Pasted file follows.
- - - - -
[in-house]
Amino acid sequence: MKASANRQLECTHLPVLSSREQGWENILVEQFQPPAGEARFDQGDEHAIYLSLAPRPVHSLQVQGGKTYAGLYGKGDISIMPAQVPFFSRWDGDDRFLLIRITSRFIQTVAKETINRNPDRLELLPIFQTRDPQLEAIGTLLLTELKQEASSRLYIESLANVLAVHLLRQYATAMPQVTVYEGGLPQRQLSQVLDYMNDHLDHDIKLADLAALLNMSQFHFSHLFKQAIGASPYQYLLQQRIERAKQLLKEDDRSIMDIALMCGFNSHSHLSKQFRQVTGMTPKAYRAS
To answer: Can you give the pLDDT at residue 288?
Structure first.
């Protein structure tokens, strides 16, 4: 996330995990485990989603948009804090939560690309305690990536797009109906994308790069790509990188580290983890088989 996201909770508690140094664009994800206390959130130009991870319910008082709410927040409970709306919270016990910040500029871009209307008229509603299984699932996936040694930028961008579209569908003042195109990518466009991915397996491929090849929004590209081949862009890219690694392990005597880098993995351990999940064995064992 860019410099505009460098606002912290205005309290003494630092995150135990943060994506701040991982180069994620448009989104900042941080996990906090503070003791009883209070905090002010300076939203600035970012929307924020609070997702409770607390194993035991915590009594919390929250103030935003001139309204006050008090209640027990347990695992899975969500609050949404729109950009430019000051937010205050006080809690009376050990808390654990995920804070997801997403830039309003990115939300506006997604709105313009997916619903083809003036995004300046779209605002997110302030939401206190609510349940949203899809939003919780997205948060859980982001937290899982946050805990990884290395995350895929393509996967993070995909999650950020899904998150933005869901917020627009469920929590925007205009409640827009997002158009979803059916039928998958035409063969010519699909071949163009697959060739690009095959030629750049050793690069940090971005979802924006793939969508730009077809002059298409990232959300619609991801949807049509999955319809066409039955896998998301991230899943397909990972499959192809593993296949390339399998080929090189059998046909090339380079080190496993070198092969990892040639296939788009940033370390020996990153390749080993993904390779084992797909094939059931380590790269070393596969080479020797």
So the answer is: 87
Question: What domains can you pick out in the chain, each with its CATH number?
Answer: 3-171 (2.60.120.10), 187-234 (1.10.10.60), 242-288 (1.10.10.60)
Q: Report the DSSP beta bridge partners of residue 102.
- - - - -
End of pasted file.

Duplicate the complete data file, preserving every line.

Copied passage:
[in-house]
Amino acid sequence: MKASANRQLECTHLPVLSSREQGWENILVEQFQPPAGEARFDQGDEHAIYLSLAPRPVHSLQVQGGKTYAGLYGKGDISIMPAQVPFFSRWDGDDRFLLIRITSRFIQTVAKETINRNPDRLELLPIFQTRDPQLEAIGTLLLTELKQEASSRLYIESLANVLAVHLLRQYATAMPQVTVYEGGLPQRQLSQVLDYMNDHLDHDIKLADLAALLNMSQFHFSHLFKQAIGASPYQYLLQQRIERAKQLLKEDDRSIMDIALMCGFNSHSHLSKQFRQVTGMTPKAYRAS
To answer: Can you give the pLDDT at residue 288?
Structure first.
């Protein structure tokens, strides 16, 4: 996330995990485990989603948009804090939560690309305690990536797009109906994308790069790509990188580290983890088989 996201909770508690140094664009994800206390959130130009991870319910008082709410927040409970709306919270016990910040500029871009209307008229509603299984699932996936040694930028961008579209569908003042195109990518466009991915397996491929090849929004590209081949862009890219690694392990005597880098993995351990999940064995064992 860019410099505009460098606002912290205005309290003494630092995150135990943060994506701040991982180069994620448009989104900042941080996990906090503070003791009883209070905090002010300076939203600035970012929307924020609070997702409770607390194993035991915590009594919390929250103030935003001139309204006050008090209640027990347990695992899975969500609050949404729109950009430019000051937010205050006080809690009376050990808390654990995920804070997801997403830039309003990115939300506006997604709105313009997916619903083809003036995004300046779209605002997110302030939401206190609510349940949203899809939003919780997205948060859980982001937290899982946050805990990884290395995350895929393509996967993070995909999650950020899904998150933005869901917020627009469920929590925007205009409640827009997002158009979803059916039928998958035409063969010519699909071949163009697959060739690009095959030629750049050793690069940090971005979802924006793939969508730009077809002059298409990232959300619609991801949807049509999955319809066409039955896998998301991230899943397909990972499959192809593993296949390339399998080929090189059998046909090339380079080190496993070198092969990892040639296939788009940033370390020996990153390749080993993904390779084992797909094939059931380590790269070393596969080479020797």
So the answer is: 87
Question: What domains can you pick out in the chain, each with its CATH number?
Answer: 3-171 (2.60.120.10), 187-234 (1.10.10.60), 242-288 (1.10.10.60)
Q: Report the DSSP beta bridge partners of residue 102.